Evaluation of the immunogenicity of Schistosoma mansoni egg surface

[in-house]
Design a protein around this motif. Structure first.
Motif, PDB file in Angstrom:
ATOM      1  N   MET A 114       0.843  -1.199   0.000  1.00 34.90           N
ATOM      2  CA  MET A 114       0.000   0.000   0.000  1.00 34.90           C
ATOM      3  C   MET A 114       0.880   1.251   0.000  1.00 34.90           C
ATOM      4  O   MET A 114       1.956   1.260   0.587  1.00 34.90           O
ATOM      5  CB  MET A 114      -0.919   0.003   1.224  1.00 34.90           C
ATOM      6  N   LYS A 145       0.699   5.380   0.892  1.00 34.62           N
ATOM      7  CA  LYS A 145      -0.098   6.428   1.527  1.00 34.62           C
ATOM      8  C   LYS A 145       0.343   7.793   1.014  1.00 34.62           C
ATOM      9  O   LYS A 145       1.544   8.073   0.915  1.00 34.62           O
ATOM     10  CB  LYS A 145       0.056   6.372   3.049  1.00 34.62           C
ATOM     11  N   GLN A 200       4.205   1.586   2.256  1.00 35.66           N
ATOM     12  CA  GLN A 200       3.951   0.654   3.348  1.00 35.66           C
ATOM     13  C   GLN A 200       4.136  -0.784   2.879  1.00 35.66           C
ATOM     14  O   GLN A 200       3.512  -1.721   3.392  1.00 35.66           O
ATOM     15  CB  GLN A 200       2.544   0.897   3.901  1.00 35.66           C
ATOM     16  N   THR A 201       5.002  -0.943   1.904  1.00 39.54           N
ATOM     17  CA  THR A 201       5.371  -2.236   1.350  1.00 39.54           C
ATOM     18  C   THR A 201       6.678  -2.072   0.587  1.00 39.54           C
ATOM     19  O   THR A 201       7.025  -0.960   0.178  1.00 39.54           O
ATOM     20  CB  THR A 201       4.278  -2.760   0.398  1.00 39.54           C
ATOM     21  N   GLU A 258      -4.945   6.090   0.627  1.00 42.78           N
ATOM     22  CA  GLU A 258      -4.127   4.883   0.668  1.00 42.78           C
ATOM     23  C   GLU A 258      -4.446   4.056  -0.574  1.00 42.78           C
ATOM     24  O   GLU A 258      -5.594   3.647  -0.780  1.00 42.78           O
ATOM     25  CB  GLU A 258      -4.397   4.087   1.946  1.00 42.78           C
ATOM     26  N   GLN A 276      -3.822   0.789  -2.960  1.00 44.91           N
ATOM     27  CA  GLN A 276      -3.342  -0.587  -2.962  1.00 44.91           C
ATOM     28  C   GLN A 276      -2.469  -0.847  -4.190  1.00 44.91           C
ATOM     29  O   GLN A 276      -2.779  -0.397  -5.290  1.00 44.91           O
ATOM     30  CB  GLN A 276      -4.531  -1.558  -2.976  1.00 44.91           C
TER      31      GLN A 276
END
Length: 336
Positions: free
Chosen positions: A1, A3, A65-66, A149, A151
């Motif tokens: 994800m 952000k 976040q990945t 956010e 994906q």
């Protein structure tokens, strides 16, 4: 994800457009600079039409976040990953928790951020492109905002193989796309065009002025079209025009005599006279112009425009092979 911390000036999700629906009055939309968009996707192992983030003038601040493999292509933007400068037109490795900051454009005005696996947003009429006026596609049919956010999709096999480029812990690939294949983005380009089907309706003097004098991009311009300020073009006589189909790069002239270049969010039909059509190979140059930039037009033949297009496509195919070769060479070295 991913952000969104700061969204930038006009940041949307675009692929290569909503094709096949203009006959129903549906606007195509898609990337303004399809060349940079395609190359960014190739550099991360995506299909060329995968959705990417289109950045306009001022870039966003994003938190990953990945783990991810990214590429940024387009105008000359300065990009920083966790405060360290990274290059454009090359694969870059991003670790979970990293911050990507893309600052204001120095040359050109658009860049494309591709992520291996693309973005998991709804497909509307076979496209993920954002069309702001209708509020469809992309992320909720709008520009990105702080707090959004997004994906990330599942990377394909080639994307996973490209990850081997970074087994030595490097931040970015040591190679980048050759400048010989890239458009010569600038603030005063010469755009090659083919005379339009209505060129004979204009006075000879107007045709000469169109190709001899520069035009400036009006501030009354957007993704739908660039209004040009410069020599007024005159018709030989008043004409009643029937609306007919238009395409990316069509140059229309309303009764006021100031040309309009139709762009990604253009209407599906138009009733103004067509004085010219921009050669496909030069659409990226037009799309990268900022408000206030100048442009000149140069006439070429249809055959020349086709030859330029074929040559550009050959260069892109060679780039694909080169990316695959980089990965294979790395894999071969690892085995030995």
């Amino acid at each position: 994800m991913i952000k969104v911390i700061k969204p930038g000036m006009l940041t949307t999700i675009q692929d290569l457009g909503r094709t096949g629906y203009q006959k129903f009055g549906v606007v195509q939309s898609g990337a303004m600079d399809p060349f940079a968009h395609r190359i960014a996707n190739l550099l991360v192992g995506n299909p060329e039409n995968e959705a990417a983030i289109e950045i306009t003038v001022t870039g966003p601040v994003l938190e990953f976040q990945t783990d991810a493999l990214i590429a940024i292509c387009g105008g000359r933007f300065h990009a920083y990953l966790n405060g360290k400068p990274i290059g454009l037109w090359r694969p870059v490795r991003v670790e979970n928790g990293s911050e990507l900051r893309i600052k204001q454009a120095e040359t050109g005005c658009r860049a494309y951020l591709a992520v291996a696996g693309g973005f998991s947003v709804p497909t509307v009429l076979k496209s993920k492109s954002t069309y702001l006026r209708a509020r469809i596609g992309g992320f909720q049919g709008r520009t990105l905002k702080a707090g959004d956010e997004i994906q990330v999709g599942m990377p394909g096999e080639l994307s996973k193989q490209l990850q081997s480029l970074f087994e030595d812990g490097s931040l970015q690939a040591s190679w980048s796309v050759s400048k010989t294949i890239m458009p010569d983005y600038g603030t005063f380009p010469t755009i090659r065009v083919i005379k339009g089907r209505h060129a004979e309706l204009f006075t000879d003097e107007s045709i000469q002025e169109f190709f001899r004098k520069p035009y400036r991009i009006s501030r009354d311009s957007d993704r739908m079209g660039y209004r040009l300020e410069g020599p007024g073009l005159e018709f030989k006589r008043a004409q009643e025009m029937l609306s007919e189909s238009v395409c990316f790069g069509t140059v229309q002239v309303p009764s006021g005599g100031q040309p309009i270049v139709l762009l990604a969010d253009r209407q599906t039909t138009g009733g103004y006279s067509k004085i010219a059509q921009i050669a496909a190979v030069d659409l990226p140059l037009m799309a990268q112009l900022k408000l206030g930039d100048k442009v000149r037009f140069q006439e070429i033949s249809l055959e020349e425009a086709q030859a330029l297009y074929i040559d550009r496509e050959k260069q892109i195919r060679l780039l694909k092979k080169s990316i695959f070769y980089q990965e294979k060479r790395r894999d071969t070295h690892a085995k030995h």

Abstract INTRODUCTION Immunogenicity of Schistosoma mansoni egg surface was examined to determine whether intact eggshells have lower antigenicity than ruptured eggs. METHODS: Swiss Webster mice were inoculated with intact or ultrasonicated S. mansoni eggs isolated from infected human feces. Mice were separated into four groups of six animals each and immunizations were performed approximately every 20 days during a 60-day period. Groups 1-4 were administered with saline solution, sonicated eggs with Freund’s adjuvant, sonicated eggs without Freund’s adjuvant, and intact eggs, respectively. IgG humoral immune response was assessed by ELISA using Soluble Egg Antigen produced from eggs isolated from the livers of infected mice. RESULTS Sonicated eggs co-administered with adjuvant induced the highest humoral response at 58 days, which was 11.9-fold (95% CI 6.2-17.5) greater than the response induced by saline solution. Sonicated eggs without adjuvant induced a 4.3-fold stronger response (95% CI 2.4-6.2) than normal saline. Intact eggs induced humoral response that was nominally twice stronger (95% CI 0.8-3.2) than that induced by normal saline but the effect did not reach statistical significance. CONCLUSIONS Soluble antigens are not abundant on the surface of S. mansoni eggs and/or are not secreted in sufficient quantities to induce a significant immune response to intact eggs. Assuming that isolation procedures had not damaged the eggs used for inoculation, our observations suggest that intact eggs either do not induce a significant immune response or, if they do, the mechanism involves insoluble antigens from the egg surface.